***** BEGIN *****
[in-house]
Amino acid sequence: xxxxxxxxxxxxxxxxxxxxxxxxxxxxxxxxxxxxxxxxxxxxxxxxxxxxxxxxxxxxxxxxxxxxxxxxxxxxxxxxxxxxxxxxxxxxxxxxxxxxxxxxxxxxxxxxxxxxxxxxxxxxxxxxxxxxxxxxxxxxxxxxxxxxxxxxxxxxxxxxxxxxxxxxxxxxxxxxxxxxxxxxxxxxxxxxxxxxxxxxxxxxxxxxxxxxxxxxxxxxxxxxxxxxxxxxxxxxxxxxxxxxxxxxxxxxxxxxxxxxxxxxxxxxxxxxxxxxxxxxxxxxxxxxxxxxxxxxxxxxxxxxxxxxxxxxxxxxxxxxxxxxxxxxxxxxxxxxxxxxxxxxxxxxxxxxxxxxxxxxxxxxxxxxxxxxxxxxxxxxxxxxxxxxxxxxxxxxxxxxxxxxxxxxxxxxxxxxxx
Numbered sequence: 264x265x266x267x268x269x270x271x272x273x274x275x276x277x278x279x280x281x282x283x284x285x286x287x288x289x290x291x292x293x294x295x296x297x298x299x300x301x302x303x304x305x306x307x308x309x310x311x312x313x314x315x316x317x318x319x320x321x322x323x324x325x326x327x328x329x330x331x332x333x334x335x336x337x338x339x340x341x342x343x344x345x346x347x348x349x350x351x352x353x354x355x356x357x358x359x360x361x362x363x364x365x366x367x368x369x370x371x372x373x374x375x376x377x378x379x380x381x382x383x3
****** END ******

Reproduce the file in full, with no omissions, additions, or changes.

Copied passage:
[in-house]
Amino acid sequence: xxxxxxxxxxxxxxxxxxxxxxxxxxxxxxxxxxxxxxxxxxxxxxxxxxxxxxxxxxxxxxxxxxxxxxxxxxxxxxxxxxxxxxxxxxxxxxxxxxxxxxxxxxxxxxxxxxxxxxxxxxxxxxxxxxxxxxxxxxxxxxxxxxxxxxxxxxxxxxxxxxxxxxxxxxxxxxxxxxxxxxxxxxxxxxxxxxxxxxxxxxxxxxxxxxxxxxxxxxxxxxxxxxxxxxxxxxxxxxxxxxxxxxxxxxxxxxxxxxxxxxxxxxxxxxxxxxxxxxxxxxxxxxxxxxxxxxxxxxxxxxxxxxxxxxxxxxxxxxxxxxxxxxxxxxxxxxxxxxxxxxxxxxxxxxxxxxxxxxxxxxxxxxxxxxxxxxxxxxxxxxxxxxxxxxxxxxxxxxxxxxxxxxxxxxxxxxxxxx
Numbered sequence: 264x265x266x267x268x269x270x271x272x273x274x275x276x277x278x279x280x281x282x283x284x285x286x287x288x289x290x291x292x293x294x295x296x297x298x299x300x301x302x303x304x305x306x307x308x309x310x311x312x313x314x315x316x317x318x319x320x321x322x323x324x325x326x327x328x329x330x331x332x333x334x335x336x337x338x339x340x341x342x343x344x345x346x347x348x349x350x351x352x353x354x355x356x357x358x359x360x361x362x363x364x365x366x367x368x369x370x371x372x373x374x375x376x377x378x379x380x381x382x383x3